February 15 2015

God’s Desire, Part 1


In Gaotan, China, in 1942, Liu Guojiang came upon a woman and one of her daughters who had tumbled into a river while washing clothes. Liu rescued them—and promptly fell in love with the woman, Xu Chaoqing. She considered Liu a hero, but some community members didn’t approve of the couple’s ten-year age difference. So Xu and Liu eloped, and they and Xu’s four children retreated to an abandoned straw hut in the mountains of Chongqing. Worried that his wife would get injured on the small, steep trail between the hut and the town below, Liu spent 57 years—and broke 36 steel chisels—carving 6,000 steps by hand into the mountainside to ensure that his wife could ascend and descend without trouble. Liu maintained the stone staircase until his death, in 2007, at the age of 72. Xu passed away on October 30, 2012. The two are buried on the same mountain where they’d built their lives together.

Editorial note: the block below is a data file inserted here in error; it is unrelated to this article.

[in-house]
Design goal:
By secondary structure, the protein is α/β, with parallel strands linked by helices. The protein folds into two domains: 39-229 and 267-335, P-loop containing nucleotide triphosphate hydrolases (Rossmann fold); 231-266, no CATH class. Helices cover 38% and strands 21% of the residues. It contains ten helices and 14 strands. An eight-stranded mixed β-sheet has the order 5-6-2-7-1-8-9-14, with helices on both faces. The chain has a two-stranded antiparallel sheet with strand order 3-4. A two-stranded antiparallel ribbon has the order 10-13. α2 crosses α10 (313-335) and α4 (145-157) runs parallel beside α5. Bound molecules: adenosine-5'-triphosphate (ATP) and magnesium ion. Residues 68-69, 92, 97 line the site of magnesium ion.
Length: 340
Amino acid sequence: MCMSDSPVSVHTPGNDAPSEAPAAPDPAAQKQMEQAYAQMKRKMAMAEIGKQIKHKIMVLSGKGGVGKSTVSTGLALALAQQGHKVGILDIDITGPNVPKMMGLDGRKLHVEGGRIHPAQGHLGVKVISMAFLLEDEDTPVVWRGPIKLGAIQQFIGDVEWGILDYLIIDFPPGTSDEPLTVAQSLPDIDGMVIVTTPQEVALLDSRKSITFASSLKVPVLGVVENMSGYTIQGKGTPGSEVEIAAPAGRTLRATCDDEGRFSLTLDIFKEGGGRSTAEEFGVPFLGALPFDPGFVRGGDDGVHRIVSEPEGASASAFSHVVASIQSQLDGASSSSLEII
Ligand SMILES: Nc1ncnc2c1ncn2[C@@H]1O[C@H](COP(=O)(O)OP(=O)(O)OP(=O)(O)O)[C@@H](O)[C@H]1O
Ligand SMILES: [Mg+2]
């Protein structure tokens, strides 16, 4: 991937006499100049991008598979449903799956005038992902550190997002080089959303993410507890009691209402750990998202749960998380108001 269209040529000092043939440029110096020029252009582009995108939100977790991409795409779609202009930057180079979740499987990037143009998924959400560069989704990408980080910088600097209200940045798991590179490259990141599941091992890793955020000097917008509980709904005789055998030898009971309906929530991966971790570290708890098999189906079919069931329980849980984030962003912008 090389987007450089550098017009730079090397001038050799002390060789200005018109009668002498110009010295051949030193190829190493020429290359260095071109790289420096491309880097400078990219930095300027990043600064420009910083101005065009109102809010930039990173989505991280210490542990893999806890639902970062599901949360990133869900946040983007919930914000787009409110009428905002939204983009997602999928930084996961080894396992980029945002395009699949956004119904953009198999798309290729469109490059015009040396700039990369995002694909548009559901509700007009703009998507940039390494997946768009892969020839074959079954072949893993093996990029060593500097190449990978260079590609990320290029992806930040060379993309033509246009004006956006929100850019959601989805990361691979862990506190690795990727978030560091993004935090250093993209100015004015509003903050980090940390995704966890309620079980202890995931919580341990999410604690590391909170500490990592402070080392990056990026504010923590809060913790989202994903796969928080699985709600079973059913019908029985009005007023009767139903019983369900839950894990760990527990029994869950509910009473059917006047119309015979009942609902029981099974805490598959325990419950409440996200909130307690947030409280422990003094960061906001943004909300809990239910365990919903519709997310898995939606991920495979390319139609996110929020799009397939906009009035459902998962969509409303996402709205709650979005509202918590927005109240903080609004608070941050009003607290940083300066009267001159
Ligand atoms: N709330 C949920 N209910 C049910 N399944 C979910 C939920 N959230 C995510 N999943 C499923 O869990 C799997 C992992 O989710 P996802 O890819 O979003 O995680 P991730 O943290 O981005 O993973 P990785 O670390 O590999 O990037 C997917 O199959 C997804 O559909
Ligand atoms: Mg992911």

That is an expression of love. When you love someone you seek to satisfy their needs or their desires. This story illustrates a man meeting the need of the woman he loved. 


God does not have any needs. He is self-sufficient. God does have desires. His desires and His purposes are the same, for what He desires he seeks to bring about. What are God’s desires? What are His purposes? An important passage of Scripture reveals what these are. It is Exodus 5:22 – 6:8. READ. PRAY.


This passage records a conversation between God and Moses. Moses had asked Pharaoh to allow the Israelites to leave Egypt and he was refused. There is a curious thing about this passage. There are two introductions to God’s speech. In verse 1 we read, “Then the LORD said to Moses…” Then, in verse 2, we read: “God spoke to Moses and said to him…”


This is because Moses asks two questions. See those questions in verse 22 of chapter five: “Then Moses turned to the LORD and said, ‘O Lord, why have you done evil to this people?” That is the first question. He also asks: “Why did you ever send me?”